What are some words and phrases that help the reader gain understanding of someone's personality?
"Personality" is basically the series of things that distinguish each individual. In literature this largely has to do with a character's means of expressing (or not expressing) themselves, such as their dialogue and their opinions. Real personality extends to things like clothing style as well, but in a book we may have to remember or be reminded of this, which is more tedious than simply letting the character speak their personality.
Some of the most direct personality-setting phrases are the ones in which the character is announcing their feelings. For example;
- "I feel", "I believe", "I think", "I should"
- "We must" "You ought to" "There should be"
Stories about a character's past are also insights into their personalities: "I remember when," or "When I was younger".
The most helpful individual words are probably adjectives, such as arrogant, hardworking, chatty, greedy.
However, personality in literature is often complex, and built out of subtleties; it is rare that you will find a character who is so straightforward as to essentially say "let me tell you about my personality". For example, consider this revealing passage from Beowulf:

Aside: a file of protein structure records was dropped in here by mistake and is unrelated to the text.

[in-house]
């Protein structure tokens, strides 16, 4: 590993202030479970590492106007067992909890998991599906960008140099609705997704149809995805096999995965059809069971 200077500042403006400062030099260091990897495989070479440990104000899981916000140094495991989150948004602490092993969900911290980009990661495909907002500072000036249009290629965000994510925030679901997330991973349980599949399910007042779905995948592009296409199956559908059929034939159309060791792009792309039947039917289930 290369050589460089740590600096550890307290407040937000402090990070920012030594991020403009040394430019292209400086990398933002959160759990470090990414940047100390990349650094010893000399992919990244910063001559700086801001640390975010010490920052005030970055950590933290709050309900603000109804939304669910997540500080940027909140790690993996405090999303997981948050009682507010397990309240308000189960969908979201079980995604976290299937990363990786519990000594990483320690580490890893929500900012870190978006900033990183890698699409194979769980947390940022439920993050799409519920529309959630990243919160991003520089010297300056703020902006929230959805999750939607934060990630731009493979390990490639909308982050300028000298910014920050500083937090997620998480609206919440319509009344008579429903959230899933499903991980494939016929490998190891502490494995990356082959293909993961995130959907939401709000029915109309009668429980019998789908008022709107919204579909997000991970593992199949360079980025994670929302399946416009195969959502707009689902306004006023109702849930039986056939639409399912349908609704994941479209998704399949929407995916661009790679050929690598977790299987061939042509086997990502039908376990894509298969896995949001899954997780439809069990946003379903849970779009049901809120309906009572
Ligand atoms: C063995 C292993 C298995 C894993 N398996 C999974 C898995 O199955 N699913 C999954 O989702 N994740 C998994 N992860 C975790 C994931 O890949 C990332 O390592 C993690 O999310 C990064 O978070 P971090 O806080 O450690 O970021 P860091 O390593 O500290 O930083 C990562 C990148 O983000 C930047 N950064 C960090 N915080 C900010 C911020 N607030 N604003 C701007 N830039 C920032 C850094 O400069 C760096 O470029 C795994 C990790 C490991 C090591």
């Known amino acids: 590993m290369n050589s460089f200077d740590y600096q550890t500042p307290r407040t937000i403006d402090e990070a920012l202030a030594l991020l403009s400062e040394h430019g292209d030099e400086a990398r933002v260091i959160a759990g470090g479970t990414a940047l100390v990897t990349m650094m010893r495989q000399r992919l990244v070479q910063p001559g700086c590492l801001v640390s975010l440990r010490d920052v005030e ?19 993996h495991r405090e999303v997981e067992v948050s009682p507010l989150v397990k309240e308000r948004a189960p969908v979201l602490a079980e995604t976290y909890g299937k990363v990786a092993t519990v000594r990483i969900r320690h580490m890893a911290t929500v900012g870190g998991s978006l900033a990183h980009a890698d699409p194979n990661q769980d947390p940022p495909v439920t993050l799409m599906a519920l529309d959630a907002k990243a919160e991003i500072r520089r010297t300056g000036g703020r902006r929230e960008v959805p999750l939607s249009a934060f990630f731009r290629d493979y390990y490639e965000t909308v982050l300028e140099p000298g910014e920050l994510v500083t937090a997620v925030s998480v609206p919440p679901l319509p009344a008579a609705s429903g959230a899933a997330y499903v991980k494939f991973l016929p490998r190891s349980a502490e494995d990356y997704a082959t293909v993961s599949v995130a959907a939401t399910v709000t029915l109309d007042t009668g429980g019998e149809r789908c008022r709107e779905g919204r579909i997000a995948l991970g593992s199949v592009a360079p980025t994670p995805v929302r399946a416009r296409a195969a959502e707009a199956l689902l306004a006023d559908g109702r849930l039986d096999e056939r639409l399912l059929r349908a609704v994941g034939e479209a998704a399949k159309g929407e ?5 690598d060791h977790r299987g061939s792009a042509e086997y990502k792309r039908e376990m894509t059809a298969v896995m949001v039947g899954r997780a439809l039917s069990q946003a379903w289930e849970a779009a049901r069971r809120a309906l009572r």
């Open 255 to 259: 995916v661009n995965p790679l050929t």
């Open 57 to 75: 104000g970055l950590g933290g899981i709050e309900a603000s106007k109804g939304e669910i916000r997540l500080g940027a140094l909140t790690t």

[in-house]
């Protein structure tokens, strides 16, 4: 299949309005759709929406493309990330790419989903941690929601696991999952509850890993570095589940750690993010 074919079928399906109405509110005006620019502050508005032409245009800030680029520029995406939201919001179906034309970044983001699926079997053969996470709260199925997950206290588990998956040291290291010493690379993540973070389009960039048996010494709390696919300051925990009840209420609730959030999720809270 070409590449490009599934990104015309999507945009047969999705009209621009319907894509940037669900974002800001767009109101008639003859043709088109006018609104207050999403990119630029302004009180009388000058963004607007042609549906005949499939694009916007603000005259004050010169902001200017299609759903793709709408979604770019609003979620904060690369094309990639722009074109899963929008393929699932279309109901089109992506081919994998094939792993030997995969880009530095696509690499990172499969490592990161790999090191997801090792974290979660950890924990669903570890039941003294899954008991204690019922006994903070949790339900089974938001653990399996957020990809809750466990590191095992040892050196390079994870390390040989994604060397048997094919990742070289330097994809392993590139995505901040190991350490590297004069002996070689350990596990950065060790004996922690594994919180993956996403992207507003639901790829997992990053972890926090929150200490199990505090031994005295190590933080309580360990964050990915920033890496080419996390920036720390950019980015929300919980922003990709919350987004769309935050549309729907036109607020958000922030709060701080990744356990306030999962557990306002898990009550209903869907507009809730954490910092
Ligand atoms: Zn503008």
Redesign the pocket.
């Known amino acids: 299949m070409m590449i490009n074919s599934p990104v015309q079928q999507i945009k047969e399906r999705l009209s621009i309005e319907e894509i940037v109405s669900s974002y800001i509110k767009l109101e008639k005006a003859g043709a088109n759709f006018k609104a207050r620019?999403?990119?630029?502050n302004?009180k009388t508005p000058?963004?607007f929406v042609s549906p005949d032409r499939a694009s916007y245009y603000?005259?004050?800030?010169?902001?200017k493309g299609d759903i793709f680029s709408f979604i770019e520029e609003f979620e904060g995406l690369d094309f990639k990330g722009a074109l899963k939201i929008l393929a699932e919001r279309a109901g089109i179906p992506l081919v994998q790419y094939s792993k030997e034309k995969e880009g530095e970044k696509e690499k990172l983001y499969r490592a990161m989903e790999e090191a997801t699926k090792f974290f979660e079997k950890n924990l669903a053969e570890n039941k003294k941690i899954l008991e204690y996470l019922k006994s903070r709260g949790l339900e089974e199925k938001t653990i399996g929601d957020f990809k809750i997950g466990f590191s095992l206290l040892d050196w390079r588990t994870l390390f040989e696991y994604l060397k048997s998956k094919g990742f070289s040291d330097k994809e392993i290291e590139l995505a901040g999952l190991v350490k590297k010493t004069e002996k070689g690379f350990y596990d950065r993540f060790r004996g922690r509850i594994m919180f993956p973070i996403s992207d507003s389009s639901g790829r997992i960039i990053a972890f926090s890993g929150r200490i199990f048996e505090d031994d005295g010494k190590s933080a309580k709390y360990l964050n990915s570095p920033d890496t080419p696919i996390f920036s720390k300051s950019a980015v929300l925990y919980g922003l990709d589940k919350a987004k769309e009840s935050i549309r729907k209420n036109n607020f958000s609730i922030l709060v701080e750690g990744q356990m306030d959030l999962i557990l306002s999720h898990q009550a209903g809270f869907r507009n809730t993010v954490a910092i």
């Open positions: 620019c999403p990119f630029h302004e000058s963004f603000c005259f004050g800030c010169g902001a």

More I hear, that the monster dire,
in his wanton mood, of weapons recks not;
hence shall I scorn—so Hygelac stay,
king of my kindred, kind to me!
Beowulf has heard that Grendel doesn't use weapons, so he vows not to use weapons either; by doing so, Hygelac, his king, will "stay kind" to him. From this simple statement we learn several things about Beowulf;
- He values military intelligence and uses it to inform his battle plans; he is a careful person.
- By rejecting the use of weapons, he shows that he is self-confident, sporting, and fearless all at once.
- By taking Hygelac's favor into consideration, he is making long-term plans and finding ways to extract the most from every opportunity. He is as much a businessman as a warrior.
- By announcing the reason for his actions, he makes himself accountable to the other men, indirectly addressing the suspicion that he is doing this just to be boastful. Beowulf is a sociable person who knows how others think, and he guards himself against treachery.
However I don't think any of the words or phrases in this passage could be directly identified as being any more or less responsible for conveying Beowulf's personality.